Tracking Oklahoma's wildfire danger
Wednesday, February 1st 2006, 10:23 am
News On 6
This season's wildfires have been some of the worst in Oklahoma history, and this month's fires have set new all-time records.
News on 6 meteorologist Dick Faurot went to Stillwater to find out how scientists calculate the fire danger, and what they're seeing that's making history.
Without it, fire meteorologist Doctor JD Carlson would have his head in the clouds. Instead, the Oklahoma Mesonet provides him with up-to-the-minute weather information from across the state. â€œThe further down you get, that's the level that has the most moisture across the state. As you get closer to the surface, there's less and less moisture."
There are 100 Mesonet sites across Oklahoma. There's at least one in every county. They contain a rain gauge, instruments that measure temperature and humidity, wind and solar radiation, not only on the ground but on top of a 30 foot tower. It's very efficient at determining the weather.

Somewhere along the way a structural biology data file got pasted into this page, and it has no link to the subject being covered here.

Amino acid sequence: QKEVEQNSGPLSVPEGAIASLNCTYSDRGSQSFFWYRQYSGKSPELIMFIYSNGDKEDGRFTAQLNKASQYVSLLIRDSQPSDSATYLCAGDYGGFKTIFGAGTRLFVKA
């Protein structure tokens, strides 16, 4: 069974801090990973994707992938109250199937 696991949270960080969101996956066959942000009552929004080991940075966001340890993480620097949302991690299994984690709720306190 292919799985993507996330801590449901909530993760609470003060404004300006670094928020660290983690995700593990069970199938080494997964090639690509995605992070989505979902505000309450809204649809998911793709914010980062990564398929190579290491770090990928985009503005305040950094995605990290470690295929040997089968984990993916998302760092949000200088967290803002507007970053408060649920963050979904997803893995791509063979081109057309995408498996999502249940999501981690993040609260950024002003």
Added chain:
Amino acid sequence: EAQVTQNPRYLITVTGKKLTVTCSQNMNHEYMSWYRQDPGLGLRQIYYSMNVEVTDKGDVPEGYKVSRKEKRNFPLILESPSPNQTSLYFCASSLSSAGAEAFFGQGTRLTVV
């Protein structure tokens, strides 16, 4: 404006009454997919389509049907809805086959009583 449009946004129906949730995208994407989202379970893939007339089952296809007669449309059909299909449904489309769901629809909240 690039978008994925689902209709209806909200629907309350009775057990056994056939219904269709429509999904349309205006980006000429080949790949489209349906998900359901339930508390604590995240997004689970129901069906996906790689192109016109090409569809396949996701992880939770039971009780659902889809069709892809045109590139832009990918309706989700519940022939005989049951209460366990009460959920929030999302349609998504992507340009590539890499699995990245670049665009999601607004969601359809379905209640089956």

They are used extensively at Channel 6, but it's also important in the Oklahoma Fire Danger Model. Dr JD Carlson, "So look, 1 AM, 2 AM in the morning, the map is still lit up with high fire danger, even to 6 in the morning."
The Mesonet data for January was off the charts. Sensors recorded the highest burning index ever this month. The index of 183 means flames extended more than 18 feet from the leading edge of a fire.
Right now, the Mesonet can only provide past and present data, but a federal grant will help Doctor Carlson build one of the first statewide fire forecasting models in the country.
Doctor Carlson says he doesn't think any of the state's Mesonet stations have been damaged so far in this season's fires.